In this study, we found that TLR signaling displayed a protective function against OVA-induced allergic asthma, and it exerted this function at the sensitization phage of OVA-induced allergic asthma. Further studies showed that recruited inflammatory monocytes in peritoneal cavity after OVA/alum sensitization played a critical role to determine the severity of OVA-induced allergic asthma. Recruited inflammatory monocytes up-regulated TLR expression, and activation of TLR signaling with agonists in inflammatory monocytes could attenuate OVA-induced allergic asthma by promoting the expression of Th1-associated cytokines.
Materials and Methods
Six to eight weeks old mice were used in this study. C57BL/6 (B6, CD45.2+) mice were purchased from the Shanghai Laboratory Animal Center (SLAC, Shanghai, China). CD45.1+ mice (B6 background) were obtained from the Jackson Laboratory. Tlr2−/−, tlr4−/−, and tlr9−/− (B6 background) mice were gifts from Dr. Shaobo Su (Sun Yat-sen University, Guangdong, China). All mice were housed in a specific pathogen-free facility.
Asthma Model and TLR Agonist Treatment
For establishing the asthma model, mice were immunized at days 0 and 7 i.p., with 100 μg of OVA (grade V; Sigma–Aldrich, Saint Louis, MO, USA) in 100 μL of sterile saline and adsorbed in 50 μL of Imject alum (Thermo Scientific, Waltham, MA, USA). At days 14, 15, and 16, mice were administered i.n., with 100 μg of OVA in 50 μL of sterile saline after anesthetized with sodium pentobarbital (50 μg/g body weight, i.p., Merck, Whitehouse Station, NJ, USA). Mice were harvested and analyzed at day 21. For the experiment of TLR activation, WT mice were injected (i.p., or i.n.) with 2.5–10 μg of Pam3CSK4 (InvivoGen, San Diego, CA, USA) or 25 μg of CpG (Sangon Biotech, Shanghai, China) at indicated time points.
To obtain cells in pulmonary alveoli, we performed bronchoalveolar lavage as described before (20, 21) with slight modifications. The whole lung was perfused through the trachea with 1 mL of phosphate-buffered saline (PBS) containing 5 mM of EDTA for 4 times. The bronchoalveolar lavage fluid (BALF) was collected and cell pellets were pooled. To obtain single-lung-cell suspensions, lungs were minced and digested in RPMI-1640 medium containing 0.1% collagenase I (Sigma–Aldrich) and 5% fetal bovine serum (Gibco) for 60 min at 37°C. After filtration through a 200-gauge steel mesh, the medium was centrifuged and the red blood cells (RBCs) were removed by RBC lysis buffer (BioLegend). The cells were washed and collected for further experiments. For the isolation of peritoneal cells, mice were injected i.p., with 5 mL of sterile saline containing 5 mM of EDTA. The abdomen was rubbed gently for 2 min, and the lavage fluids were collected. Lavage fluids were centrifuged, and cell pellets were collected. Cell numbers were counted by Countstar® (Shanghai Ruiyu Biotech, China).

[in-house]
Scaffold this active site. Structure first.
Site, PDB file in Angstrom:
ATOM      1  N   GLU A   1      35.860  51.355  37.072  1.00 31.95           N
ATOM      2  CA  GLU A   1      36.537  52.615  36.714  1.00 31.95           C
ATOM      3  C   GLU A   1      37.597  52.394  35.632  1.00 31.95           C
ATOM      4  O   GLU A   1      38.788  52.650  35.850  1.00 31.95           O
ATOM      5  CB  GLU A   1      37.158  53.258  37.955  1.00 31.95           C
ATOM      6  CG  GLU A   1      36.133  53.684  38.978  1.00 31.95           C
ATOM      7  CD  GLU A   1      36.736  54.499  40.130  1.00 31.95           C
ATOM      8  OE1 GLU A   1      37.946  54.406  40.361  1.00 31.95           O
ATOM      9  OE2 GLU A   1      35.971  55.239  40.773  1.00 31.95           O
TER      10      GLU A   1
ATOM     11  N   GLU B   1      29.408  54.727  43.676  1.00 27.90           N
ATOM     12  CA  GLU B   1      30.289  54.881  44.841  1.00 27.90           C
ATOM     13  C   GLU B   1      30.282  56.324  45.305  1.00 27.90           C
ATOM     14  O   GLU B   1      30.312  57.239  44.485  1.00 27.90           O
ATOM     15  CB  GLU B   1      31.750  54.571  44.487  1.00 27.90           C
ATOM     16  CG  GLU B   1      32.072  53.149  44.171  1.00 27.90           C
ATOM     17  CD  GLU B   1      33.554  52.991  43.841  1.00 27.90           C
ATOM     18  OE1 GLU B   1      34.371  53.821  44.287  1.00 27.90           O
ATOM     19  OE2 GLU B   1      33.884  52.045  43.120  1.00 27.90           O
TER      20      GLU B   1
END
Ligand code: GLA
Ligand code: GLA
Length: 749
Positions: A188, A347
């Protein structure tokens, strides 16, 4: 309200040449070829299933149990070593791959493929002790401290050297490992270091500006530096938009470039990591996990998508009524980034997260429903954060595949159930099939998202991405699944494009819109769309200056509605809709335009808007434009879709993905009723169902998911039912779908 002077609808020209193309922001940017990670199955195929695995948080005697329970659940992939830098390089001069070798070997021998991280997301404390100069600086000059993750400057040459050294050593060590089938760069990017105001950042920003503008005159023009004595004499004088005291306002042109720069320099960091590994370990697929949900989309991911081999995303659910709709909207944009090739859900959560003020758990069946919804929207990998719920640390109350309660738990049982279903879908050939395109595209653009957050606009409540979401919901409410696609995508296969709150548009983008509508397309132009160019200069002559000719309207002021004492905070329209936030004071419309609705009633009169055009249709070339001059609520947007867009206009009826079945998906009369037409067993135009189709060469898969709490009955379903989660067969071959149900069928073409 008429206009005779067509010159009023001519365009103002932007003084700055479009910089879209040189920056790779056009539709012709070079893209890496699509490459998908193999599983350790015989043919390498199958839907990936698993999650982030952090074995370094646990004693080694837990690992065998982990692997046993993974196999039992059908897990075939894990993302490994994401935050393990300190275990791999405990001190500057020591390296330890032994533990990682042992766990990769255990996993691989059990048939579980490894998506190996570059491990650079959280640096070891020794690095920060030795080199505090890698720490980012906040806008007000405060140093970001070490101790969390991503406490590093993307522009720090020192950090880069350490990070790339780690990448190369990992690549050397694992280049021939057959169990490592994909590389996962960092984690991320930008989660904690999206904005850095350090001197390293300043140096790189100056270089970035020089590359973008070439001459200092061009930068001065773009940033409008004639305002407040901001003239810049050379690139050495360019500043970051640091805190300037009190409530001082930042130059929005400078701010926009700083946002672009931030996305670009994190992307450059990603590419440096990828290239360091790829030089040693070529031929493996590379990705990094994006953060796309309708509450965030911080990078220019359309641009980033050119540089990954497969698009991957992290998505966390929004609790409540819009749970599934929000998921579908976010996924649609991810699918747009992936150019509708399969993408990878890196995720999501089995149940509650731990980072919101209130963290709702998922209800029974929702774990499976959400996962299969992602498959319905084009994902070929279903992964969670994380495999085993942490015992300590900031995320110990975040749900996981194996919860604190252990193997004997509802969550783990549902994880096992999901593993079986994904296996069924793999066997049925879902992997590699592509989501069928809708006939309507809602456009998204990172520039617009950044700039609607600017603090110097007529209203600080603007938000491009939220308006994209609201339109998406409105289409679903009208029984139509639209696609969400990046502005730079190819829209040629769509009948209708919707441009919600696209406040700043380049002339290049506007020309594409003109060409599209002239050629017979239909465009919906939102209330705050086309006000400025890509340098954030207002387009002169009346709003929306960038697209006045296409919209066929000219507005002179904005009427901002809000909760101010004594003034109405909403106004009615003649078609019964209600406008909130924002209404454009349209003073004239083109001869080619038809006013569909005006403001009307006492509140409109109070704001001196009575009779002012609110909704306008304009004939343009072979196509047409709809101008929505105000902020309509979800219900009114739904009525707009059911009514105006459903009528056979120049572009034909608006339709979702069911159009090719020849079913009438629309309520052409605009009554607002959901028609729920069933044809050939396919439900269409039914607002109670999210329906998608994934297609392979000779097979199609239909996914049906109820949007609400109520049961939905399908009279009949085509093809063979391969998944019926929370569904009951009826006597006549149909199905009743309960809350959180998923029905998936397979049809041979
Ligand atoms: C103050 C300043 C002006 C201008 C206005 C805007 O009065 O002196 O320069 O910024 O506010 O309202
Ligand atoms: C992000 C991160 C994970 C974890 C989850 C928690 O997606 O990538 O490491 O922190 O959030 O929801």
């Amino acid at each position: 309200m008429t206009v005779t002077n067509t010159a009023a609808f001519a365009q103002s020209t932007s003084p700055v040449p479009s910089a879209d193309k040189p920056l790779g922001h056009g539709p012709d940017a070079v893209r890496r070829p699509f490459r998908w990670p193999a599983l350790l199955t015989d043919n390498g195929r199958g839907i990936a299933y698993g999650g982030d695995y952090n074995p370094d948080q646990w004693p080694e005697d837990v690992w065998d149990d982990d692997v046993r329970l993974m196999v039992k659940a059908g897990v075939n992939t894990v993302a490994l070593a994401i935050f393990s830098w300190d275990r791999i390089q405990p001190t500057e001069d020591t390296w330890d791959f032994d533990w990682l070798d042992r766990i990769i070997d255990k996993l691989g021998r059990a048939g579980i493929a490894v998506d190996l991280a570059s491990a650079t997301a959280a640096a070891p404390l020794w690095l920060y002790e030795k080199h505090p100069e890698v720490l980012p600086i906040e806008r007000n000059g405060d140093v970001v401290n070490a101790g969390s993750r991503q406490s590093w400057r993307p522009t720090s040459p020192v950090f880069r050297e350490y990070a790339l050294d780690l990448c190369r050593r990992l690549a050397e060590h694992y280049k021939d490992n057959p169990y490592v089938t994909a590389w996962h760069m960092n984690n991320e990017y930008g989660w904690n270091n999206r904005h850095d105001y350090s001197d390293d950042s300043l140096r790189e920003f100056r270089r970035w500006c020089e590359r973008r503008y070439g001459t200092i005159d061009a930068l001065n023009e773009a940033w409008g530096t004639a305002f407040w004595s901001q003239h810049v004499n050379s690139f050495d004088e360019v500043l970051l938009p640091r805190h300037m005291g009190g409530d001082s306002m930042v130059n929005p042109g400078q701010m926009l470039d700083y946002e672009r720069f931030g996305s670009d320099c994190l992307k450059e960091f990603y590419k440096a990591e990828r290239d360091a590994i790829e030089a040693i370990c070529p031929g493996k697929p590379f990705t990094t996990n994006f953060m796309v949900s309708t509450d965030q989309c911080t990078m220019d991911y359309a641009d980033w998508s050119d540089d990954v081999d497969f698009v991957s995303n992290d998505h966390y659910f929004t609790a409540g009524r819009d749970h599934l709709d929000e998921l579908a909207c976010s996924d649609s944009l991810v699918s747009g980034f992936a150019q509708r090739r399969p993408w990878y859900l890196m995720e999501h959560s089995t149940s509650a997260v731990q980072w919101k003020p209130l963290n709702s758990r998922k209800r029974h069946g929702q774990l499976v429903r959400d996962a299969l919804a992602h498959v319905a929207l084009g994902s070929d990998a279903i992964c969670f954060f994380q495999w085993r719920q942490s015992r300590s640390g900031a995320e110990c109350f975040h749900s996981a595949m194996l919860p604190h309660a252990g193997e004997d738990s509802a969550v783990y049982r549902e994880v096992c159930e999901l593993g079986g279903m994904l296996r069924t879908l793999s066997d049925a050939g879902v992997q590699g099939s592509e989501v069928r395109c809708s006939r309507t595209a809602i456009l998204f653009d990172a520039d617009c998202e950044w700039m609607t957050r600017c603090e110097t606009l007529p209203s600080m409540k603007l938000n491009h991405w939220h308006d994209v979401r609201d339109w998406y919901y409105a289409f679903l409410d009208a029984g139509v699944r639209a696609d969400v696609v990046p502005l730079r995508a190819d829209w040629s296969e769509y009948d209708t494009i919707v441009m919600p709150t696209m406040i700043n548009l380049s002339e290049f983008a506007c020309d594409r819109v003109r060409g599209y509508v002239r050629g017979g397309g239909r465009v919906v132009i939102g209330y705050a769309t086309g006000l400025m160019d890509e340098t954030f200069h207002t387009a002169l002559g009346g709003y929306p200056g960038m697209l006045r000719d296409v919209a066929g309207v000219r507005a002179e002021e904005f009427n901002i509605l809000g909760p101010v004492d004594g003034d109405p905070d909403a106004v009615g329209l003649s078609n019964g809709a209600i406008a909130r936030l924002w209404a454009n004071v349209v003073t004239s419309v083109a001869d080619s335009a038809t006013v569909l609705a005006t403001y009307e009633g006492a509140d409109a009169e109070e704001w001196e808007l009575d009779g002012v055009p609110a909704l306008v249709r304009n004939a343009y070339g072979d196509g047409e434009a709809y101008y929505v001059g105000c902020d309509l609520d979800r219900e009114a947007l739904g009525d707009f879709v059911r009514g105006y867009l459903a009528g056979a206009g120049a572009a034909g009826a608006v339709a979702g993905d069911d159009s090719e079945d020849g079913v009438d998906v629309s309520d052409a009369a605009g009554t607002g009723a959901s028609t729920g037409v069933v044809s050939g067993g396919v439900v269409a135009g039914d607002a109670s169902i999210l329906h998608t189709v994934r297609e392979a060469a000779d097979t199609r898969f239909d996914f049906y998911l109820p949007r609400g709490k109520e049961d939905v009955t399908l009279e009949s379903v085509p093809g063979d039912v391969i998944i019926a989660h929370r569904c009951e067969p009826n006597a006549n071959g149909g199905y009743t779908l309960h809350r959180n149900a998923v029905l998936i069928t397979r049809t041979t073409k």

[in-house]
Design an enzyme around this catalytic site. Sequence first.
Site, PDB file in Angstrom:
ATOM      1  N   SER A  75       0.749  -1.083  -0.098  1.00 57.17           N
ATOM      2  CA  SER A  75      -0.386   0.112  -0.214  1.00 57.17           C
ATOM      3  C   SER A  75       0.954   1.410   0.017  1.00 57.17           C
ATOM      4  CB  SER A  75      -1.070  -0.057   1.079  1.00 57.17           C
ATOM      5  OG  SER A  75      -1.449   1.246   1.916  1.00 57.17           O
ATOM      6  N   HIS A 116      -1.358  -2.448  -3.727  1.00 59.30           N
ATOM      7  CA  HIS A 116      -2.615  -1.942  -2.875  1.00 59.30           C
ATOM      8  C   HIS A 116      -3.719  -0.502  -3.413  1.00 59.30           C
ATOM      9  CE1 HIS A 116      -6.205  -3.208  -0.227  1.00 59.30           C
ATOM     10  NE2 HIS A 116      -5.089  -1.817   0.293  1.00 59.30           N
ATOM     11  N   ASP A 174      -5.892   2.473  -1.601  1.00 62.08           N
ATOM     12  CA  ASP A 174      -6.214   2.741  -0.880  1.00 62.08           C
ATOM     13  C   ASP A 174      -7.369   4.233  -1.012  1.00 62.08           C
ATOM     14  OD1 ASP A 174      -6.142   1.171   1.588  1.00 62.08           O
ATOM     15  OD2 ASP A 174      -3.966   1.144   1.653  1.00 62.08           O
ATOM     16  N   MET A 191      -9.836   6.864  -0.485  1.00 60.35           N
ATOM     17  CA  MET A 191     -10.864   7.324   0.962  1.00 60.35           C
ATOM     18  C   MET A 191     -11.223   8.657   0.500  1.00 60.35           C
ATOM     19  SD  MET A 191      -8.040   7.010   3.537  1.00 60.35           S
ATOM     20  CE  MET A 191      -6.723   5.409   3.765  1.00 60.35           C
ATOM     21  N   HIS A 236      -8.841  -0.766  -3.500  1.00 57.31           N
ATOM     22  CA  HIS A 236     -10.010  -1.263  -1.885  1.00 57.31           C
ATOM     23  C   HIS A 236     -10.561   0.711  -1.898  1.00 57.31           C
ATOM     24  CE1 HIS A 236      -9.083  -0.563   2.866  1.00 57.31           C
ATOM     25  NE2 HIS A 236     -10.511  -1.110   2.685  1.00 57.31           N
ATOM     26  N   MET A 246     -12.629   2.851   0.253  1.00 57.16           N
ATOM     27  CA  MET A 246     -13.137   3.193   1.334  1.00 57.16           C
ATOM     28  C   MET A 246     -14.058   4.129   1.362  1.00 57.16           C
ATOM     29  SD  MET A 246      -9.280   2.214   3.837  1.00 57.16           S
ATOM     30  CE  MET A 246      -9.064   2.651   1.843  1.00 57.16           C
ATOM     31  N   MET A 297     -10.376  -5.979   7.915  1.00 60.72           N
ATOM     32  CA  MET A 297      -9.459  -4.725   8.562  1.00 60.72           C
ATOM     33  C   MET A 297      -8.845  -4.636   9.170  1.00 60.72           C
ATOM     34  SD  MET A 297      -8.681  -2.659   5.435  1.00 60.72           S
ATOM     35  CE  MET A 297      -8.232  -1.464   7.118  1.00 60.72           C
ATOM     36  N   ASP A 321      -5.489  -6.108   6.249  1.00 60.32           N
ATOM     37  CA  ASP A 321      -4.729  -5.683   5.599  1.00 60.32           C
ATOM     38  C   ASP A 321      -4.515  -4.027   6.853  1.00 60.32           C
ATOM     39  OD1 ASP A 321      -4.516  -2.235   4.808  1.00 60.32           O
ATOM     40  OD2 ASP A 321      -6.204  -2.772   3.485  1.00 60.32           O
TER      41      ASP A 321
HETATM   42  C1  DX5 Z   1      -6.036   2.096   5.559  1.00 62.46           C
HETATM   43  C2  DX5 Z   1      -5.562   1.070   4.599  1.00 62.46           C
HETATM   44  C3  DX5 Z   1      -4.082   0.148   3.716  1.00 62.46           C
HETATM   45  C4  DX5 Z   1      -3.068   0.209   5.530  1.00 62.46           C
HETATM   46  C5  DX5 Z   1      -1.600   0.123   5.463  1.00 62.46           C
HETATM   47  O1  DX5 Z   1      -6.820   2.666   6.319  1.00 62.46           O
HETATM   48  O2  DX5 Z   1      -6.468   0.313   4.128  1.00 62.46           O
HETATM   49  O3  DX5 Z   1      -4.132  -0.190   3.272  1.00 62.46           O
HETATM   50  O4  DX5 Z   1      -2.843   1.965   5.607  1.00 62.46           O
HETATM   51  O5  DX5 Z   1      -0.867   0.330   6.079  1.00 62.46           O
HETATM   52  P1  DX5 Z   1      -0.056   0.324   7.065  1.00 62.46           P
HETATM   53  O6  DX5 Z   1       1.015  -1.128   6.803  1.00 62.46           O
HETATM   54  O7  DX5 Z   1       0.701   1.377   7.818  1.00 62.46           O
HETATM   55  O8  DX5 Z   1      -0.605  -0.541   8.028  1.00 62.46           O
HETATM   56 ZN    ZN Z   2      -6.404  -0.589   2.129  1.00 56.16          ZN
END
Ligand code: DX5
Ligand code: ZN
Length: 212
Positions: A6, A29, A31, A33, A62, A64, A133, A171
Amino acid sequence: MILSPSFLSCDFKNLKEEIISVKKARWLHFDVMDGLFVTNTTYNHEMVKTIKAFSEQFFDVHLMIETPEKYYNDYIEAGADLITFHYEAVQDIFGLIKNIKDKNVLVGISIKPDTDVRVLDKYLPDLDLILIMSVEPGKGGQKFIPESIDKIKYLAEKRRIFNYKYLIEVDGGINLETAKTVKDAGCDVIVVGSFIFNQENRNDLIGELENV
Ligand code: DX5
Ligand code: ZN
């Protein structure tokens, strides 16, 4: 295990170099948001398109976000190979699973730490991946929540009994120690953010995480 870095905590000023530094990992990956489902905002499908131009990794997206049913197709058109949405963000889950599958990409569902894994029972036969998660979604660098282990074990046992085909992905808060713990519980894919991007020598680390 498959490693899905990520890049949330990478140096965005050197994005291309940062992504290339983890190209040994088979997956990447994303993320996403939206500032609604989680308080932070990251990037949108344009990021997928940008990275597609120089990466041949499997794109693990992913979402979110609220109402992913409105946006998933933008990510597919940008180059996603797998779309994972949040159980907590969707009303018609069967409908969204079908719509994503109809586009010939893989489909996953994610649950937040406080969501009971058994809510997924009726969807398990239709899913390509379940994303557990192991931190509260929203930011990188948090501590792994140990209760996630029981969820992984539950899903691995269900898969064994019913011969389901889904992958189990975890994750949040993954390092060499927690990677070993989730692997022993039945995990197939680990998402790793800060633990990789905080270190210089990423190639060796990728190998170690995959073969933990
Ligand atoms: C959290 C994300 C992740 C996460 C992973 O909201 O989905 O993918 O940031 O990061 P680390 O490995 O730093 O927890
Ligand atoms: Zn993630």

Enzyme-Linked Immunosorbent Assay (ELISA)
For analyses of levels of cytokines and antibody in BALF, the lung was perfused through the trachea with 1 mL of PBS containing 5 mM of EDTA. Lavage fluids were centrifuged, and the supernatants were collected. Levels of IL-4, IL-5, and IgE in BALF and serum were measured by using ELISA kits from Dakewe Biotech (Shenzhen, China) according to the manufacturer's instructions.
Flow cytometry analysis were performed as reported before (22) with slight modifications. For surface staining, single cells were incubated with fluorescein-labeled monoclonal antibodies for 30 min at 4°C after blockade of the Fc receptor, then washed twice and analyzed. For IL-13 staining, cells were stimulated with 50 ng/mL of PMA, 1 μg/mL of ionomycin and 10 μg/mL of monensin (all from Sigma–Aldrich) for 4 h at 37°C. After staining of cell-surface markers, cells were fixed and permeabilized with a Foxp3 Staining Buffer Set (BioLegend) according to the manufacturer's protocols and then stained with anti-mouse IL-13 or isotype control overnight at 4°C. Samples were analyzed by BD LSRII or LSRFortessa system (BD Biosciences, Franklin Lakes, NJ, USA) and FlowJo software (Tree Star, Ashland, OR, USA). Antibodies and isotype controls were purchased form BD Biosciences, BioLegend (San Diego, CA, USA), or eBioscience (San Diego, CA, USA) (Supplementary Table 1).